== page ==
What are the true costs of charter schools?
Are they really free, as all their literature and supporters proudly proclaim?
Some people will point to the funding a school receives and claim that is the entire cost of a charter school to a community. They then compare the cost of maintaining the existing public system versus the cost of discarding what we’ve built and starting over from scratch. The truth is, there are many costs to communities and children that are hard to quantify precisely. That does not mean those costs don’t exist. The messaging of charter schools is very complex and amorphous, and it changes depending upon whom they are talking to. Charter schools try to be all things to all people . . . except their true natures. The truth is, charter schools are not “free” schools. They are not “free” private schools. They are private but they are not free. These schools cost taxpayers and communities quite a deal, but everyone likes to get something for nothing and oxymoronically, free sells.
However, not everyone is buying what they are giving away for free. In Baton Rouge, despite years of assaults on public schools by local businessman and construction mogul Lane Grigsby, the Baton Rouge Chamber of Commerce, New Schools for Baton Rouge and Stand for Children, parents are still choosing to bus their children clear across the parish rather than send their kids to these “free” charter schools. It has gotten so bad that some schools, like Inspire Academy run by National Heritage Academies, is literally trying to bribe parents and their neighbors with gift cards to convince kids to try out their schools.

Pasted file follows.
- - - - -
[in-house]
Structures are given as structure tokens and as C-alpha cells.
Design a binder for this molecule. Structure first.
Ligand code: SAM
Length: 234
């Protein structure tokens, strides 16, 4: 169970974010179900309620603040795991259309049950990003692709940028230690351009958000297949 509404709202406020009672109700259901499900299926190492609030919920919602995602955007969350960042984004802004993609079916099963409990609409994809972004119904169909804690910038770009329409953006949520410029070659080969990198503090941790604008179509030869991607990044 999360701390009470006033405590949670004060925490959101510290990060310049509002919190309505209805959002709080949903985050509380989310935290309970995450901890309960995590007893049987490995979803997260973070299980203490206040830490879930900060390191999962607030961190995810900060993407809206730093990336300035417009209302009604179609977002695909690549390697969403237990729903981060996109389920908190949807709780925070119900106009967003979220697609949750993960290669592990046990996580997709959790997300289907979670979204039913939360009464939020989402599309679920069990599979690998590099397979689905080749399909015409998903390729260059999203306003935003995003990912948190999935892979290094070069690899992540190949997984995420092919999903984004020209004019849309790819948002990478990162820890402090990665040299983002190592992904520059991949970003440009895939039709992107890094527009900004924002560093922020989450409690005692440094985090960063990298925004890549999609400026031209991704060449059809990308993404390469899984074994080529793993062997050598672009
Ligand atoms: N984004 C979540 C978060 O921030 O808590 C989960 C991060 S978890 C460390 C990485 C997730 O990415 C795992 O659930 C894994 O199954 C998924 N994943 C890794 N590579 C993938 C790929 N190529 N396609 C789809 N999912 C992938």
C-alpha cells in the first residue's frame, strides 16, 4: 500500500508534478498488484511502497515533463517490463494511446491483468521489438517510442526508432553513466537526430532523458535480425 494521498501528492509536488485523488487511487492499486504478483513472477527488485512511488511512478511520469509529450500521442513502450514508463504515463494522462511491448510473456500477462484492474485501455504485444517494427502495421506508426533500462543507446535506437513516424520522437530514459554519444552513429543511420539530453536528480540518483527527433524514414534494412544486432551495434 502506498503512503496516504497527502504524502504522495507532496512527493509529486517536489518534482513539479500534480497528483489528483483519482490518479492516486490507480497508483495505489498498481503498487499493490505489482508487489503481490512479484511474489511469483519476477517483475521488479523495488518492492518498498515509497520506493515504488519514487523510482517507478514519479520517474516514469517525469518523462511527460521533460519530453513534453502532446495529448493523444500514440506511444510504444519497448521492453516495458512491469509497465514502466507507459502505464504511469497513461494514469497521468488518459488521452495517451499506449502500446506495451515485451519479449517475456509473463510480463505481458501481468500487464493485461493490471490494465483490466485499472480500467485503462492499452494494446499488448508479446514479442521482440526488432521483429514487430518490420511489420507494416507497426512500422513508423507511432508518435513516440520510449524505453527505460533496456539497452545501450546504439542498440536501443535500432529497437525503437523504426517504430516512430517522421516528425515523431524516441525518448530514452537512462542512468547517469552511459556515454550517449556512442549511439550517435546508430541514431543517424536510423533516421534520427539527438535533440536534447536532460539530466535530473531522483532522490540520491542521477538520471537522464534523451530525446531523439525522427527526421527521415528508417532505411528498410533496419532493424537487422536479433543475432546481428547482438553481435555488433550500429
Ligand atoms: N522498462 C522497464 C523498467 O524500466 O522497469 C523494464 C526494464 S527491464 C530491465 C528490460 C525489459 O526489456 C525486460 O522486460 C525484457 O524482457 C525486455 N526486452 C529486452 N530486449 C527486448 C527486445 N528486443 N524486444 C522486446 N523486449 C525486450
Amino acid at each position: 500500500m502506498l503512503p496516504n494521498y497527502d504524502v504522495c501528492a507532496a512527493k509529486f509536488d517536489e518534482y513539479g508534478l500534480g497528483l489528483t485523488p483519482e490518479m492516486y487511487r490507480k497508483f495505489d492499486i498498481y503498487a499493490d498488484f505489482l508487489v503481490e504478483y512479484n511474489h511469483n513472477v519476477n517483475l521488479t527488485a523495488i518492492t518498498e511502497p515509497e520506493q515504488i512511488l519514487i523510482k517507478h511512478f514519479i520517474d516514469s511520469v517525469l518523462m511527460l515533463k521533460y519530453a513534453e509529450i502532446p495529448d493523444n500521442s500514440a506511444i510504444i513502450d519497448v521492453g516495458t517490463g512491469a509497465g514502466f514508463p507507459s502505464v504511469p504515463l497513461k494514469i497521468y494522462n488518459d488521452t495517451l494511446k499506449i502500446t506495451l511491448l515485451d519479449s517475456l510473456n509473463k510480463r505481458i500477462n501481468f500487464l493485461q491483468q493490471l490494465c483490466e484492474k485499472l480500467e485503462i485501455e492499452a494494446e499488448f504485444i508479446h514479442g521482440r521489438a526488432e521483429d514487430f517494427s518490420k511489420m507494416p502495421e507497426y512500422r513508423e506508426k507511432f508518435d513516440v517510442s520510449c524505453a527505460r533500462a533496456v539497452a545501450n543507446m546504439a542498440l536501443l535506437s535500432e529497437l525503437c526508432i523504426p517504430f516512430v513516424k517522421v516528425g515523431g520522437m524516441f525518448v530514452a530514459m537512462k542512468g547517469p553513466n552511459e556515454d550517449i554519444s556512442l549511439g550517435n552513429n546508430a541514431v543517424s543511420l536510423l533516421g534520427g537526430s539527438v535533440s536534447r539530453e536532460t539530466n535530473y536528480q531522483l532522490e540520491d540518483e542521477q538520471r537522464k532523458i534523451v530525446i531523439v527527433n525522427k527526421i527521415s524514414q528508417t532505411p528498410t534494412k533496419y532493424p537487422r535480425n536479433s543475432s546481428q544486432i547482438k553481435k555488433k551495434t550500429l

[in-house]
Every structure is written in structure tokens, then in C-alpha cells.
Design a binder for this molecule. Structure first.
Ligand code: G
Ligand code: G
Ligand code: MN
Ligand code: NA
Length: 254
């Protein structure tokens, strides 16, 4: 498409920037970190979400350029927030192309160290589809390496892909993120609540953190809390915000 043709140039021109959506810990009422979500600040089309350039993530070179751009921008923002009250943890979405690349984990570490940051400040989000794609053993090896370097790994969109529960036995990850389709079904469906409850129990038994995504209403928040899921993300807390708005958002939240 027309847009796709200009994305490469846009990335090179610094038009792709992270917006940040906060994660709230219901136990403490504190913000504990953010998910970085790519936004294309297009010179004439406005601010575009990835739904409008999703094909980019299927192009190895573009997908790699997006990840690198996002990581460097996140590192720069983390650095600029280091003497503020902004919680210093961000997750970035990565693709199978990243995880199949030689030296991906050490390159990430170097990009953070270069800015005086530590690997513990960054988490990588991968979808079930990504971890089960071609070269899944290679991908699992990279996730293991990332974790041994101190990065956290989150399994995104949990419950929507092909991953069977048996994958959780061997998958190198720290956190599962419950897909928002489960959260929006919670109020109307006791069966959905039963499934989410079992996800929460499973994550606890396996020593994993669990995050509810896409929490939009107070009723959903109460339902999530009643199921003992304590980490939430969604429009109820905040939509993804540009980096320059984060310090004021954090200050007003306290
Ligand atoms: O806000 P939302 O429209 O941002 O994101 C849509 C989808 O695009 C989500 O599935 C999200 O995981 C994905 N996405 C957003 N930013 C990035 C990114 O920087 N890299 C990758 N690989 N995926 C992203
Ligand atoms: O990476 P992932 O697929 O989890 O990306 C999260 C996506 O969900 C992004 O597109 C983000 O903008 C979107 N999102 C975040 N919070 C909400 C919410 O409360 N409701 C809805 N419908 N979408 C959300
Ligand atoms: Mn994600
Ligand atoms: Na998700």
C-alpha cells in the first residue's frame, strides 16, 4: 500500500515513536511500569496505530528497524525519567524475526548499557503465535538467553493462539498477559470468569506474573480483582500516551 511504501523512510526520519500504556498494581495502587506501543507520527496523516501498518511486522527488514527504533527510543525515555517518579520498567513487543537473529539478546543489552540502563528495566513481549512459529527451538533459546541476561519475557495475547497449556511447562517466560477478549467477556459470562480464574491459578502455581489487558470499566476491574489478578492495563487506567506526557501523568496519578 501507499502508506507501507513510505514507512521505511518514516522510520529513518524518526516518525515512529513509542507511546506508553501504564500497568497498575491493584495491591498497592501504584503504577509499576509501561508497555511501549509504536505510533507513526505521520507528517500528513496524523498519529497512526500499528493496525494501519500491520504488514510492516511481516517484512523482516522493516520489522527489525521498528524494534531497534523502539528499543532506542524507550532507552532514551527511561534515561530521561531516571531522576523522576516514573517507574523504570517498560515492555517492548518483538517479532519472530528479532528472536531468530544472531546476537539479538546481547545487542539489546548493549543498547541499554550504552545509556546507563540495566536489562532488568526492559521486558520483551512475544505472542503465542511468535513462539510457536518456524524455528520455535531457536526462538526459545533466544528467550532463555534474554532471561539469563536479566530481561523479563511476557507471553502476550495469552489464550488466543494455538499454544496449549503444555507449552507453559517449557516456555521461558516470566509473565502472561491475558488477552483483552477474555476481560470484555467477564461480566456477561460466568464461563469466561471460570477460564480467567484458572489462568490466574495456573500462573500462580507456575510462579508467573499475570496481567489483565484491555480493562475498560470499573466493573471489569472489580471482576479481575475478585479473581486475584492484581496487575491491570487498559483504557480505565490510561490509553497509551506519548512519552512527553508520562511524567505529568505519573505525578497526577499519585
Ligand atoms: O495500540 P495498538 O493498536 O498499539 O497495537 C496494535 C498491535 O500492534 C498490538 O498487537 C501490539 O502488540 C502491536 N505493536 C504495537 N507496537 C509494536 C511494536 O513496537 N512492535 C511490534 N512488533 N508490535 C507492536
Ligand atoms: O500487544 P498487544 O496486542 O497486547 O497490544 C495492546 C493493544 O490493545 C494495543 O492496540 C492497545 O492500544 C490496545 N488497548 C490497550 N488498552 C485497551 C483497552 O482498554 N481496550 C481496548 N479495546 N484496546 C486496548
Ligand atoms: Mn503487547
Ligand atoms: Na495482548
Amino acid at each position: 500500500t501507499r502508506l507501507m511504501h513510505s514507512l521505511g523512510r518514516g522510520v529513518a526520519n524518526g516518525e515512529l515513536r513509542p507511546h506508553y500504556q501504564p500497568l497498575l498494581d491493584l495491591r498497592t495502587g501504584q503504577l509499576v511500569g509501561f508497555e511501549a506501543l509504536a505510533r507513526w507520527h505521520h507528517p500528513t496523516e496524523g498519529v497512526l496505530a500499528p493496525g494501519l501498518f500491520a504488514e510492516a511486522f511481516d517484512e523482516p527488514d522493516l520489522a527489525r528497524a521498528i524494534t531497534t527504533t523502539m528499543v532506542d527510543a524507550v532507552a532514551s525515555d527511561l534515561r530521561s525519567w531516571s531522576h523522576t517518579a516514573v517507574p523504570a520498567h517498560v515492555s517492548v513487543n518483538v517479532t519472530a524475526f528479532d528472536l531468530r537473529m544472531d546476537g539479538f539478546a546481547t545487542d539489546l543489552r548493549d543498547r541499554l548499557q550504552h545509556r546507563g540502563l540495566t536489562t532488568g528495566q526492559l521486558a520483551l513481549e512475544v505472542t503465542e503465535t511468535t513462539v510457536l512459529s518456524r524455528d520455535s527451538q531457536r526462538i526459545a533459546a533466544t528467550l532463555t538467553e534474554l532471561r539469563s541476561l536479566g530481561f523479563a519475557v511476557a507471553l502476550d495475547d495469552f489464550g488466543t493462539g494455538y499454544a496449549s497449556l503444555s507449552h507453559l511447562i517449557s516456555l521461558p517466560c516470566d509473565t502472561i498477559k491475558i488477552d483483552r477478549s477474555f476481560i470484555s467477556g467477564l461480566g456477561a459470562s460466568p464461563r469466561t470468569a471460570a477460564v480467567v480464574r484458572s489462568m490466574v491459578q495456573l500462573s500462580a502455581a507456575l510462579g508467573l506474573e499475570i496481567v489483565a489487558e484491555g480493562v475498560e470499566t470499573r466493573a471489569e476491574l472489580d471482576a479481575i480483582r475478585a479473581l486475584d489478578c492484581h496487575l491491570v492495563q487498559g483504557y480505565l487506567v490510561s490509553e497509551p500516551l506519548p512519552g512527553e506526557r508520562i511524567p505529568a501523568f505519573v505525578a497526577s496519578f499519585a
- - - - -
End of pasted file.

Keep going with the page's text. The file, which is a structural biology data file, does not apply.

50 dollars for a referral might not sound like a lot, but that could buy enough uniforms in used condition to get through a school year. For people living in poverty, every little bit counts. Imagine if you had 3 or 4 kids. . .those cards could really come in handy around Christmas time. From the charter’s perspective, all they need to do is get the kids to stay through October and they get 10,000 dollars in MFP funds. If the kids don’t like the school, they can always transfer to the regular public school system, but those dollars don’t transfer with them. Those dollars that supported their “free” charter school stay with the charter. But the traditional public school has to stretch their funds to support anyone, which means less dollars and resources for kids who didn’t start out in a charter school. That “choice” impacts our choices.
The “free” gift card is funded by tax payer dollars. It was not free to us. The 10 grand that the charter school gets per child also comes from our dollars that was meant to fund our public schools, public schools that don’t pay families with gift cards to attend them; public schools which are being intentionally forced into bankruptcy, by charter schools and their supporters.
Does this matter to our political leaders like BESE President Chas Roemer and his sister, Caroline Shirley Roemer executive director of the Louisiana Charter Association?
BESE approved Willow Charter Academy in Lafayette, over the objections of the local school board. Willow Charter Academy is a NHA school and another NHA is under construction in Lafayette. In Baton Rouge we have Inspire Academy and in Baker we have Advantage Charter School. BESE, under Chas Roemer and his sister like to hand out free money. I guess it makes them feel popular. Do you still think charter schools are free? I guess it doesn’t matter. By all means try out the “free” charter school and collect your “free” gift card. I’m buying.
And don’t forget to Tell Your Friends!